On page 74 of Shaukat Kaifi’s book, Kaifi & I, there’s a passage describing Shabana Azmi’s entry into the world. Shaukat had just lost her firstborn, Khayyam, and was distraught, but then she discovered that she was pregnant again. The news thrilled her, but not the Communist Party.
Her husband, Kaifi Azmi, a party comrade, had gone underground. Even Shaukat had no idea where he was. She’d sometimes be taken to a secret hideout in the dead of night, so that they could spend a few hours together. When the party was informed of her pregnancy, they suggested an abortion, pointing out that since Kaifi was a fugitive and there was little money, bringing up a baby was unthinkable. She responded with a firm,“This baby is mine, I’m not giving it up. If need be, I will bring it up myself.”
No birthday parties
In the face of her mother’s resolution, Shabana was born in her grandparents’ home. But as soon as Kaifi surfaced, it was back to the commune. Till the age of nine, she lived in a one-room chawl with a slip of a balcony that served as a kitchen, and a bathroom that was shared by eight families. And for a long time, neither she nor her brother Baba, celebrated their birthdays.
“Mum had lost her firstborn just before his first birthday. She had made elaborate plans for the day and never recovered from Khayyam’s loss. She was superstitious for a long long time ke mere bachchon ko nazar lag jayegi (my children might catch the evil eye),” reminisces Shabana who turns 62 on Tuesday.
The biggest thrill then was not having to wear a uniform to school. In party dress you stood out as the birthday girl and everyone was kind. “Including my maths teacher who otherwise disliked me. The feeling was mutual,” says Shabana with a laugh.
Her most memorable birthday was when she turned 50. Friends flew in from Delhi and London for the three-day celebrations. “It was like a shaadi, made special by Javed’s (husband Javed Akhtar) gesture,” she recalls. “I’d seen a sculpture called Time by Salvador Dali at the museum in London. The price was exorbitant and I let it pass.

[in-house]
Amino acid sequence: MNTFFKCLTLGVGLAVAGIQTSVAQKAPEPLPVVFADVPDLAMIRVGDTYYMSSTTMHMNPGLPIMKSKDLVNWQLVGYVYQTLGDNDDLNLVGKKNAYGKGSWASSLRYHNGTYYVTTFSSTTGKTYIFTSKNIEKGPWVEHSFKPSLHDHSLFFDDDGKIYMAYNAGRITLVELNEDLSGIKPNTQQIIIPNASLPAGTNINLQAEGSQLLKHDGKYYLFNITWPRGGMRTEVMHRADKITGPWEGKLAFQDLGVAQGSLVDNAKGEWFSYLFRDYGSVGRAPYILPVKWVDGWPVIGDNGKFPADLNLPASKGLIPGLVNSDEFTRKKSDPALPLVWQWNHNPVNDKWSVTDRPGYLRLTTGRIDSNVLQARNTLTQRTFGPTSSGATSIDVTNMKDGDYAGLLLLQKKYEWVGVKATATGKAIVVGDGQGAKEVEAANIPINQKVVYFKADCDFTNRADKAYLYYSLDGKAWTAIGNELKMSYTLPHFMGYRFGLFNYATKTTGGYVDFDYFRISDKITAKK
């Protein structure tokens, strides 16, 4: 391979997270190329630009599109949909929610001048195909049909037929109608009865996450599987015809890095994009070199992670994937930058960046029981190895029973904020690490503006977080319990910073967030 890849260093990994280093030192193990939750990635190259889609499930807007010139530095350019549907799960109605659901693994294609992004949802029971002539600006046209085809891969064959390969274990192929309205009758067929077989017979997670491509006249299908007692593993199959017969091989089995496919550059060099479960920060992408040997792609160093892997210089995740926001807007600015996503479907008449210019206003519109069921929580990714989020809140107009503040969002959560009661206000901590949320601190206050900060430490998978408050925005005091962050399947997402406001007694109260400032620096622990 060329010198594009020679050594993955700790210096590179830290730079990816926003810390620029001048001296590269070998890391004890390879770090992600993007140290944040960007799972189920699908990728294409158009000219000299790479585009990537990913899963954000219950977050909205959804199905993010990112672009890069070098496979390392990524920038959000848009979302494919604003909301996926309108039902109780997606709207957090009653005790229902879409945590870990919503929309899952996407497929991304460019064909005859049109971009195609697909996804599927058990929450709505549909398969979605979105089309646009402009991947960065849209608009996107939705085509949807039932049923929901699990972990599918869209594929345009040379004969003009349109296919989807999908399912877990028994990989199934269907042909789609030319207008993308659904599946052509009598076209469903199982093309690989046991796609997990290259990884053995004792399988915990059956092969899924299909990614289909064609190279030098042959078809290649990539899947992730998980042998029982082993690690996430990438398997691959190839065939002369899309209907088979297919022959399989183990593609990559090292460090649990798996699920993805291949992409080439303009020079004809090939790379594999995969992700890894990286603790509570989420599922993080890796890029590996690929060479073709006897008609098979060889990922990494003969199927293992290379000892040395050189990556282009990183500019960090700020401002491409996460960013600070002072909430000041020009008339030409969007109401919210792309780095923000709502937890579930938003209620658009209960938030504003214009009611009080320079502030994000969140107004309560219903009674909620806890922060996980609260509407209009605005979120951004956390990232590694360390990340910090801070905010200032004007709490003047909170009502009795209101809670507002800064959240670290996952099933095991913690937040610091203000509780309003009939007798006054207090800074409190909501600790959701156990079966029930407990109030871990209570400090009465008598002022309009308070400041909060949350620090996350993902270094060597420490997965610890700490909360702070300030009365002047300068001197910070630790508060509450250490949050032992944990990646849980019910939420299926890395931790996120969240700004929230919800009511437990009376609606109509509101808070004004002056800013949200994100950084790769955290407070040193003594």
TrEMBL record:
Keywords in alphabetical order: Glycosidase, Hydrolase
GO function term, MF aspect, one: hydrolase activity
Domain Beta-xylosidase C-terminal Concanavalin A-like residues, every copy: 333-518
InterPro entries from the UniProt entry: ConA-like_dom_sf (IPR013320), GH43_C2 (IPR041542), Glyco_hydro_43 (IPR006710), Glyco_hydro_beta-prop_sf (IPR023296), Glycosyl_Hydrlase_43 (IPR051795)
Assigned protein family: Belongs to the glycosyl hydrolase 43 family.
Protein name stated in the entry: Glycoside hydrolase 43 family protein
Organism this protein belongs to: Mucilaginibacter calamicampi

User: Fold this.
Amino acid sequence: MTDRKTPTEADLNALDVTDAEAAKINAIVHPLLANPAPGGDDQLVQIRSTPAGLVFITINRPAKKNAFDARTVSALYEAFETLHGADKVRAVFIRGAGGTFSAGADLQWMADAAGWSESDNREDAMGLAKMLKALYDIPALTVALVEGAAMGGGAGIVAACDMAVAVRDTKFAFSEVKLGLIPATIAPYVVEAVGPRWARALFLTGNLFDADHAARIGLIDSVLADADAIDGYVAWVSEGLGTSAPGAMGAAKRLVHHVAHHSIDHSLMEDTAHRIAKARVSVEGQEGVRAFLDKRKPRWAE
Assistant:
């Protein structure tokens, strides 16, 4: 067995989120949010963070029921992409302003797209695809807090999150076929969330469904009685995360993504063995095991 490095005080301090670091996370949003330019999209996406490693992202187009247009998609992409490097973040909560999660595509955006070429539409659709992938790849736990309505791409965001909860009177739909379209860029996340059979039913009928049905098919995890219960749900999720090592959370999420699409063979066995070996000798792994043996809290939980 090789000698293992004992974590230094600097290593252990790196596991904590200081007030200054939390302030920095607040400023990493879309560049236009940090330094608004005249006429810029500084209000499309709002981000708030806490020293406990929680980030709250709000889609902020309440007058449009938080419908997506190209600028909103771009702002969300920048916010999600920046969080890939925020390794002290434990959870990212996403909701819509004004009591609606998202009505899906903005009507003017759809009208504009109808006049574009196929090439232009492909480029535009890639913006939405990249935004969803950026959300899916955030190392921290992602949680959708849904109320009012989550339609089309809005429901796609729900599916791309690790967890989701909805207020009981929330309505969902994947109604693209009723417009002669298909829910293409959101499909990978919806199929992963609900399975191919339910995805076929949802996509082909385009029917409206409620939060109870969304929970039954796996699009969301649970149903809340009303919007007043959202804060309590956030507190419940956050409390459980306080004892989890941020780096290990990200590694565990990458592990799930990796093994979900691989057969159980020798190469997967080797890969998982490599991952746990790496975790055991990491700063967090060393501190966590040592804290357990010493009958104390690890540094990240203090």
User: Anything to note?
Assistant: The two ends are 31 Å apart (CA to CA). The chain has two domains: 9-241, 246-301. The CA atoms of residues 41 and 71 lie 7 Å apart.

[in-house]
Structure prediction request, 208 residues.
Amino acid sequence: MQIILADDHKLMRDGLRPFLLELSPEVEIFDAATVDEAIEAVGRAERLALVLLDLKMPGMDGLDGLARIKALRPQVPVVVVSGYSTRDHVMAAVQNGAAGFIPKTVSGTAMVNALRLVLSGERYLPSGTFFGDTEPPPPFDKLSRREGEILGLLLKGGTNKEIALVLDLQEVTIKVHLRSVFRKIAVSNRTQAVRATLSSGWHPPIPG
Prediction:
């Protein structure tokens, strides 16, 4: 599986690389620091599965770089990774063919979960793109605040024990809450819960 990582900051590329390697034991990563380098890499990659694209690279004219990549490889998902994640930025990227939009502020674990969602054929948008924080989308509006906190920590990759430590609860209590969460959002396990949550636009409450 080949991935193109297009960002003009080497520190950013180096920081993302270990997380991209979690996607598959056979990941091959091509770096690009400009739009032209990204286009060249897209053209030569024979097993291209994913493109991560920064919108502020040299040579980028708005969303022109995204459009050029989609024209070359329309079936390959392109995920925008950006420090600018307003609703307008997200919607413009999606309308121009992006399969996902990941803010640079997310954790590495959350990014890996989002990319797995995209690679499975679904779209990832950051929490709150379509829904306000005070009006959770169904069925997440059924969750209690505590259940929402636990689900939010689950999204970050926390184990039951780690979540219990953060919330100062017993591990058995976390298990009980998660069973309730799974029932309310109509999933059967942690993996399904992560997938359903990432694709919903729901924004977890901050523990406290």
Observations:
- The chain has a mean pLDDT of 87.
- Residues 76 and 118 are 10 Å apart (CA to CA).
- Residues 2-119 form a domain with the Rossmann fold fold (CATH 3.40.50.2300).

Javed bought it quietly, hid it at a friend’s place for a month and smuggled it on the morning of my birthday into his study. It was standing on his desk with Javed’s handwritten poem, Waqt, beside it when he took me in. I do not measure gifts according to their monetary worth, abhor ads which proclaim, ‘Show her you care with diamonds.’ Ugh! A touch, a glance, a smile has more value.
And it was the thought, the planning, the thrill of secrecy about this gift that touched me deeply.”
A decade later, Shabana raised a toast to 60 after the premiere of her play, Seven, that wrapped up a three-day conference on women’s issues and rights. The day that followed was spent with family, friends, co-stars and classmates from the FTII. Did she feel 60? She retorted, “I do, I wouldn’t want to be 30 or 40. Life is marked by changes and my view of relationships and the world today is of a mature, mellow mind.”
The mature, mellow mind then confided that her resolution was to learn to cook, confessing that her mother, sister-in-law Tanvi and friends were all proficient in the kitchen, but she only had to stand near a pot, and whatever was simmering inside would turn to cinders.
She brought in 61 with another big bash at Sukoon, her Khandala home. This year, after two elaborate, back-to-back celebrations, she wants nothing more. “The past few months have been hectic, and I’m only looking for peace and quiet. I’ll miss Mona Kapoor; she was always the first to wish me. She was unwell last year but drove down to Khandala, I don’t think she travelled out of Mumbai again,” says Shabana pensively.She’ll be back tomorrow night. Who knows what surprise Javed has in store for her. But I’m sure 62 will not come along with nothing!